Talasnal is the largest village of the Serra da Lousã Schist Villages. Talasnal connects the beautiful natural environment with many entertainment and active sport possibilities. The natural green surroundings, dark houses, traditional olive trees and the old fountain all create the perfect spirit and representation of central Portugal. In Talasnal is a must to try the local specialty by a native family – Talasnicos, the small convent cakes.

14. Sobral de São Miguel, Pombal

Chorizo Sausage
Source: Pixabay

The Sobral de São Miguel is one of the largest settlements of slate buildings in Portugal. However, the vast majority of houses were plastered and painted to a white color. In the village, you can taste some traditional cuisine and specialties such as chorizo, sardine, delicious wood oven bread or cod fish.

15. Aldeia da Pena, Serra da Gralheira

The village of Pena is a typical Portuguese village located in a deep valley of Gralheira Mountain. The houses are traditionally built from shichst stone. Surrounded by the Góis Mountains, this place features many hiking paths that lead to the Serra da Lousã. Among villages of Aigra Velha, Aigra Nova and Comareira, Pena is a part of a group of Schist Villages included in the panoramic road which leads to Trevim. The abundant vegetation with waterfalls and lakes makes this place a peaceful oasis. There is also the spring of Pena, which offers a refreshing bath.

16. Janeiro de Cima

Kayaking Canoing Lakes
Source: Pixabay

Janeiro de Cima is located in the municipality of Fundão on the river Zêzere. The small townhouses about 300 occupants. The Church of Our Lady of the Assumption is a main feature in the village. Chapels and forested surroundings make for a quiet and idyllic setting. Rock engravings at Poço do Charquinho are worth a visit.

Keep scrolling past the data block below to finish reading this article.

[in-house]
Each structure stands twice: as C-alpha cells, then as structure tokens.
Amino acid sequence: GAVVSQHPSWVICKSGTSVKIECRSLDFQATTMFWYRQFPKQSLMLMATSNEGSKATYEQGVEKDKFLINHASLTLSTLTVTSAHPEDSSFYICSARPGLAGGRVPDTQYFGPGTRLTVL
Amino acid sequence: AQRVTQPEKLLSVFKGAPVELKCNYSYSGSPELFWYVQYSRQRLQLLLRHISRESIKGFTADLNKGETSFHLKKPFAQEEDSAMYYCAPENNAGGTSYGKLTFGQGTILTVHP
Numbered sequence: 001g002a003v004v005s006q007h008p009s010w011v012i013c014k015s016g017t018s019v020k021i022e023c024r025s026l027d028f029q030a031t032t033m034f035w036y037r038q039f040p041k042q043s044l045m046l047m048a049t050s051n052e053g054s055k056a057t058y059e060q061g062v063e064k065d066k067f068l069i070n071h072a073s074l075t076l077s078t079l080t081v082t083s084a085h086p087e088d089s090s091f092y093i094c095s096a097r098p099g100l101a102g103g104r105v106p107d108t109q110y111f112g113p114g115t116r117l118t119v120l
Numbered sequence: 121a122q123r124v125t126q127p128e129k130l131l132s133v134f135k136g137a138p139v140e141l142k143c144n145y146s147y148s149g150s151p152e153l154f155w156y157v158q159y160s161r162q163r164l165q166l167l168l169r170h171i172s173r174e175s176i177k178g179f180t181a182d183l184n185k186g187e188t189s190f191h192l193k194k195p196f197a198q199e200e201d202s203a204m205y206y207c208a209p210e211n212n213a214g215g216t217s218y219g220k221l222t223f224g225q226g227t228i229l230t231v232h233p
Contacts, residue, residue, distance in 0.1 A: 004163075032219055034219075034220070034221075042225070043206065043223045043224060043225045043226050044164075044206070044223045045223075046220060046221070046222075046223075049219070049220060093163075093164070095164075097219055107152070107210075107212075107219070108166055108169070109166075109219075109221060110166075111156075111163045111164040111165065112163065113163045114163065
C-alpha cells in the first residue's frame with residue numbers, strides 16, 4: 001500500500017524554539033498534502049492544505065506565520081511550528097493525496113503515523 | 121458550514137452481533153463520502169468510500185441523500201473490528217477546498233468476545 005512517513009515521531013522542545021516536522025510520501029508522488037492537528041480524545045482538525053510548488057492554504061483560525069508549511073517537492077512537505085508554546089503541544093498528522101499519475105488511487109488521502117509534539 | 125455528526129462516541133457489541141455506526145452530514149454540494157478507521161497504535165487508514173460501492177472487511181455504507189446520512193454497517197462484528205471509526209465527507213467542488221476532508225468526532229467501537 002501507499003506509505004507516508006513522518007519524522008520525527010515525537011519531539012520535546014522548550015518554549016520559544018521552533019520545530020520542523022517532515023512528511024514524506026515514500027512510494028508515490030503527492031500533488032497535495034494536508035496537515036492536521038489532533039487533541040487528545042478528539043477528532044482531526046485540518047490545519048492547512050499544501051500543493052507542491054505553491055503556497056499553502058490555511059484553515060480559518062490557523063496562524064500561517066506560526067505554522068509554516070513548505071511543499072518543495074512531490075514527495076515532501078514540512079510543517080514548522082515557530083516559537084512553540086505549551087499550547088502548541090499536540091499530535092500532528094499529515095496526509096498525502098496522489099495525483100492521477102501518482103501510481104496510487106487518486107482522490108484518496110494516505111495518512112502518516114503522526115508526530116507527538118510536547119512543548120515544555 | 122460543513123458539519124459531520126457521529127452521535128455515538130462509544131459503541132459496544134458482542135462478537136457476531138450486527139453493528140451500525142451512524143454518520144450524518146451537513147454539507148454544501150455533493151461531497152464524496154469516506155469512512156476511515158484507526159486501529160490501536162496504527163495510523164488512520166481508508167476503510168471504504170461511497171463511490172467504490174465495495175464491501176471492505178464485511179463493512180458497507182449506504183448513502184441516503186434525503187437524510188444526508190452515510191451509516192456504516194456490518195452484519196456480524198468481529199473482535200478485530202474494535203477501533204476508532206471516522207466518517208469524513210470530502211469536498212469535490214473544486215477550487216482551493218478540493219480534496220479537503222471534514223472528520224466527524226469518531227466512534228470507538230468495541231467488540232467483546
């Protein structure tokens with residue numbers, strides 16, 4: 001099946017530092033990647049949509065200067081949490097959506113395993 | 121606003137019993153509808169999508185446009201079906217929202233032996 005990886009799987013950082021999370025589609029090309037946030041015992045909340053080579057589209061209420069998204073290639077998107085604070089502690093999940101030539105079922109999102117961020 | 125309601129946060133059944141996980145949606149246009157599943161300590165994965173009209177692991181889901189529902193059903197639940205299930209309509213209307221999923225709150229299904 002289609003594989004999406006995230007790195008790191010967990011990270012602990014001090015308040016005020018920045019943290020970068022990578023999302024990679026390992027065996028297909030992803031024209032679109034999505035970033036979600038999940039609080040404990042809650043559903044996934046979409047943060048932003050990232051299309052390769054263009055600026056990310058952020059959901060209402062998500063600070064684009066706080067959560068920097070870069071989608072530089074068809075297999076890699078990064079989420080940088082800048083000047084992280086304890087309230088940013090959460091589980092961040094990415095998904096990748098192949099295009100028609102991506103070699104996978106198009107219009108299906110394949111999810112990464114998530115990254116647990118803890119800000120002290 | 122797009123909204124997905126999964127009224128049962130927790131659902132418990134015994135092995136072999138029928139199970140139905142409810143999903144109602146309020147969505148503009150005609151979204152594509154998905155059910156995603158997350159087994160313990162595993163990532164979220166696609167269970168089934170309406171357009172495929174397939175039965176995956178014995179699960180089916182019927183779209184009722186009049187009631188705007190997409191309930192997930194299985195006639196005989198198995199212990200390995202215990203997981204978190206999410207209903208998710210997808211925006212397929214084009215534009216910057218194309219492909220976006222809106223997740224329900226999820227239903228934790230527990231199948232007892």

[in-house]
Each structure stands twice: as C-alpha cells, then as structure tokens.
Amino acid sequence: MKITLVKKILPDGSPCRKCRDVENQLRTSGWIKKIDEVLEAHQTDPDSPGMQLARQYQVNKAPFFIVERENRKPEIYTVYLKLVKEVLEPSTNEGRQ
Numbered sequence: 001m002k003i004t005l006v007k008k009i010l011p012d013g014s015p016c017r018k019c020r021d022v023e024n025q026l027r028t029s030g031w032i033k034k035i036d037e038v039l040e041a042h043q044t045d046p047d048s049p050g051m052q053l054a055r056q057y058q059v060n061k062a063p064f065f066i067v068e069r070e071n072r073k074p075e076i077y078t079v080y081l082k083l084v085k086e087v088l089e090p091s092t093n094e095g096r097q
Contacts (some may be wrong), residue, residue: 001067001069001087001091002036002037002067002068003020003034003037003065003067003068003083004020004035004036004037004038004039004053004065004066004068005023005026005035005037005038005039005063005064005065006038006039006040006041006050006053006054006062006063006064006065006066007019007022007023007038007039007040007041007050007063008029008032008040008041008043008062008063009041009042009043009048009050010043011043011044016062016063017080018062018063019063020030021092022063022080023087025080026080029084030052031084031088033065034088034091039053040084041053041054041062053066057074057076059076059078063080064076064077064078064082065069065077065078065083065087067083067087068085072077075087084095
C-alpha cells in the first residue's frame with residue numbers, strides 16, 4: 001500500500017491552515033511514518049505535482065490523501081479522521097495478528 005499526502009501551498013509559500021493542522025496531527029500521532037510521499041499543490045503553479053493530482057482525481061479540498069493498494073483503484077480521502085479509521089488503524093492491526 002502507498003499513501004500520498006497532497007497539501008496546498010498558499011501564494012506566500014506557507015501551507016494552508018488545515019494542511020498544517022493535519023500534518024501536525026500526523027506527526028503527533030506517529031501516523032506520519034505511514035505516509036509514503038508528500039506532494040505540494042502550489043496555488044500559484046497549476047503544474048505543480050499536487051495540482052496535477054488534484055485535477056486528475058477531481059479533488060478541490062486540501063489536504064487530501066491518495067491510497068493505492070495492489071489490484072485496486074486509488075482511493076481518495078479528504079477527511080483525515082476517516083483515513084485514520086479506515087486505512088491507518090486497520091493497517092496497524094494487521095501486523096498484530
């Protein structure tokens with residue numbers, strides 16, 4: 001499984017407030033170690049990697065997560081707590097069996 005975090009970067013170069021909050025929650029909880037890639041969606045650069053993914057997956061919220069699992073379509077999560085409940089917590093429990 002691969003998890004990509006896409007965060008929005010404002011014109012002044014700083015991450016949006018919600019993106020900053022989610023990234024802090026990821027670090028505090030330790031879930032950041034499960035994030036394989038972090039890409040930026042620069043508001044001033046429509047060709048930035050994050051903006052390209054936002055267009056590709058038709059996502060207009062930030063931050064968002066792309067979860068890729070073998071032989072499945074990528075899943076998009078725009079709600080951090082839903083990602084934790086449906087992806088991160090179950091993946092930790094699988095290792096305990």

There are plenty of walks and trails in the area for you to explore. A must-do is to visit the Casa das Tecedeiras (Weavers House). When you are not relaxing in the lovely refurbished village, there are opportunities to ride on ATVs, go climbing, or canoeing and enjoying the river park.

17. Martim Branco

Rua de Martim Branco - panoramio
Source: Photo by Wikimedia Commons user Luis Caprichoso used under CC BY 3.0

When you step into Martim Branco, a Schist village, you will be greeted with the aroma of freshly baked goods. Take a look around, and you will spot the old ovens that were fully restored and have become a traditional meeting place for the community. Fountains, woodsmoke and delicious smells waft across the town. Beautiful Schist houses overlook the river, where you may idle away your day.

Visit the Arts and Crafts House where the windmill has been restored, and buy some mementos to take home with you. The linen and loom culture that dates back centuries is fascinating. If you feel energetic, take on the hiking trails that wind through the forests and hills.

Not big, but significant!

Even though Portuguese villages are just small dots on the map, they have changed the fate of the entire country. Strategically settled close to the Spanish borders, Portugal’s villages successfully stood against many attacks. However, it’s not only history that Portuguese countryside offers. The breathtaking landscapes, nature, adventures, and insights to the inhabitant’s lives will enchain your heart.

Historical Villages Program in Portugal Just like the ancient times when the villages united to fight, today, they join to stand against the passage of time. The Historical Villages network created an environment based on history, culture, and Portuguese heritage values. The recovering of the villages itself supported the urban development, improved the access and recovered many monuments. Due to the Historical Villages Program, the villages were able to improve the local economy and gave the opportunity for a better life for locals. Now, all you need to do is go, have adventures and appreciate the local charm that the villages create.



By Lala